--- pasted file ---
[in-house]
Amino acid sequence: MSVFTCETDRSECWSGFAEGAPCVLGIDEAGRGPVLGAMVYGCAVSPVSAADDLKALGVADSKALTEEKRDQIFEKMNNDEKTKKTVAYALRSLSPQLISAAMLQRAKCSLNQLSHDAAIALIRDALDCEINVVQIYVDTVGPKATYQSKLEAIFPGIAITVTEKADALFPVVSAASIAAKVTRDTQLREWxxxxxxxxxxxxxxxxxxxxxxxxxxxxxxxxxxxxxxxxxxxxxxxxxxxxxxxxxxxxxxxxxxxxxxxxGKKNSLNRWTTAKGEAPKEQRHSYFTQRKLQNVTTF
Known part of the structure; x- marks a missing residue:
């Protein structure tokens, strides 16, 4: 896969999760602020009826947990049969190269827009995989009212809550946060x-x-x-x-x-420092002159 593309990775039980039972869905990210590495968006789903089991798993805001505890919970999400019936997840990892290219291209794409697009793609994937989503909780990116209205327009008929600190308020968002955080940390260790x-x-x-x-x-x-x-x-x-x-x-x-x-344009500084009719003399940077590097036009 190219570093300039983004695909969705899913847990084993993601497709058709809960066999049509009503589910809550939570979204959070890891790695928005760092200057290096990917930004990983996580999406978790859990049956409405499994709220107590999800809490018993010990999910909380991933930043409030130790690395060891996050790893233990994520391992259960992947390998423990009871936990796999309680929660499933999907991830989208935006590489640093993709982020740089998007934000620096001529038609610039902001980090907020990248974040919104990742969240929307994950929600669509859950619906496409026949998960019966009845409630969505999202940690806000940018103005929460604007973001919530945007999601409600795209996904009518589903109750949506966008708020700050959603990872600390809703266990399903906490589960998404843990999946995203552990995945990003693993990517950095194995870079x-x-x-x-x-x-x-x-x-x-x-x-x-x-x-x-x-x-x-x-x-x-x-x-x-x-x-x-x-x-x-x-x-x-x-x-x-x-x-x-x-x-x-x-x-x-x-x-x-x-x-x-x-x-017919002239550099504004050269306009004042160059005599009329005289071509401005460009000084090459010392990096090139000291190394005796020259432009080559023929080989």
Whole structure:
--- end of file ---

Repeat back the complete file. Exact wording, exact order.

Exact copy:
[in-house]
Amino acid sequence: MSVFTCETDRSECWSGFAEGAPCVLGIDEAGRGPVLGAMVYGCAVSPVSAADDLKALGVADSKALTEEKRDQIFEKMNNDEKTKKTVAYALRSLSPQLISAAMLQRAKCSLNQLSHDAAIALIRDALDCEINVVQIYVDTVGPKATYQSKLEAIFPGIAITVTEKADALFPVVSAASIAAKVTRDTQLREWxxxxxxxxxxxxxxxxxxxxxxxxxxxxxxxxxxxxxxxxxxxxxxxxxxxxxxxxxxxxxxxxxxxxxxxxGKKNSLNRWTTAKGEAPKEQRHSYFTQRKLQNVTTF
Known part of the structure; x- marks a missing residue:
């Protein structure tokens, strides 16, 4: 896969999760602020009826947990049969190269827009995989009212809550946060x-x-x-x-x-420092002159 593309990775039980039972869905990210590495968006789903089991798993805001505890919970999400019936997840990892290219291209794409697009793609994937989503909780990116209205327009008929600190308020968002955080940390260790x-x-x-x-x-x-x-x-x-x-x-x-x-344009500084009719003399940077590097036009 190219570093300039983004695909969705899913847990084993993601497709058709809960066999049509009503589910809550939570979204959070890891790695928005760092200057290096990917930004990983996580999406978790859990049956409405499994709220107590999800809490018993010990999910909380991933930043409030130790690395060891996050790893233990994520391992259960992947390998423990009871936990796999309680929660499933999907991830989208935006590489640093993709982020740089998007934000620096001529038609610039902001980090907020990248974040919104990742969240929307994950929600669509859950619906496409026949998960019966009845409630969505999202940690806000940018103005929460604007973001919530945007999601409600795209996904009518589903109750949506966008708020700050959603990872600390809703266990399903906490589960998404843990999946995203552990995945990003693993990517950095194995870079x-x-x-x-x-x-x-x-x-x-x-x-x-x-x-x-x-x-x-x-x-x-x-x-x-x-x-x-x-x-x-x-x-x-x-x-x-x-x-x-x-x-x-x-x-x-x-x-x-x-x-x-x-x-017919002239550099504004050269306009004042160059005599009329005289071509401005460009000084090459010392990096090139000291190394005796020259432009080559023929080989």
Whole structure: